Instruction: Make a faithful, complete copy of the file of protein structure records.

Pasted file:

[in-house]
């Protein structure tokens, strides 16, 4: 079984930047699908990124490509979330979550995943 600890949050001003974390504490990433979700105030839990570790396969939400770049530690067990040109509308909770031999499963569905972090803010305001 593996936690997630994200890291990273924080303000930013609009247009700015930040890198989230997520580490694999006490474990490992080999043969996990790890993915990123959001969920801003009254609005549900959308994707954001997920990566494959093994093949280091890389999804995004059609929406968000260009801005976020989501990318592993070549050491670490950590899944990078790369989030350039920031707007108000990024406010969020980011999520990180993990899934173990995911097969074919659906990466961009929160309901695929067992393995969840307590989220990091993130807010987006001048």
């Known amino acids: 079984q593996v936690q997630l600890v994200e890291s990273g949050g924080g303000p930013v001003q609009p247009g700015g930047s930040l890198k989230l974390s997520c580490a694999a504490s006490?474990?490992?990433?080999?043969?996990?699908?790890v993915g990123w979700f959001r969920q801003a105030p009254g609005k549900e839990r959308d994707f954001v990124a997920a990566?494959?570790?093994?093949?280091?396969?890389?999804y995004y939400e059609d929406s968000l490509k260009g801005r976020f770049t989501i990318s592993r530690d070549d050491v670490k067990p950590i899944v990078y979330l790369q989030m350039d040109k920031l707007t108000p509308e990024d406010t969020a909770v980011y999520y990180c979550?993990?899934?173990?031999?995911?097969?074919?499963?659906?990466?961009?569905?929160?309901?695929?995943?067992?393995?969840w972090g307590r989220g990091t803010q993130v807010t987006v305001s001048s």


[in-house]
């Protein structure tokens, strides 16, 4: 079984930047699908990124490509979330979550995943 600890949050001003974390504490990433979700105030839990570790396969939400770049530690067990040109509308909770031999499963569905972090803010305001 593996936690997630994200890291990273924080303000930013609009247009700015930040890198989230997520580490694999006490474990490992080999043969996990790890993915990123959001969920801003009254609005549900959308994707954001997920990566494959093994093949280091890389999804995004059609929406968000260009801005976020989501990318592993070549050491670490950590899944990078790369989030350039920031707007108000990024406010969020980011999520990180993990899934173990995911097969074919659906990466961009929160309901695929067992393995969840307590989220990091993130807010987006001048």
């Known amino acids: 079984q593996v936690q997630l600890v994200e890291s990273g949050g924080g303000p930013v001003q609009p247009g700015g930047s930040l890198k989230l974390s997520c580490a694999a504490s006490?474990?490992?990433?080999?043969?996990?699908?790890v993915g990123w979700f959001r969920q801003a105030p009254g609005k549900e839990r959308d994707f954001v990124a997920a990566?494959?570790?093994?093949?280091?396969?890389?999804y995004y939400e059609d929406s968000l490509k260009g801005r976020f770049t989501i990318s592993r530690d070549d050491v670490k067990p950590i899944v990078y979330l790369q989030m350039d040109k920031l707007t108000p509308e990024d406010t969020a909770v980011y999520y990180c979550?993990?899934?173990?031999?995911?097969?074919?499963?659906?990466?961009?569905?929160?309901?695929?995943?067992?393995?969840w972090g307590r989220g990091t803010q993130v807010t987006v305001s001048s």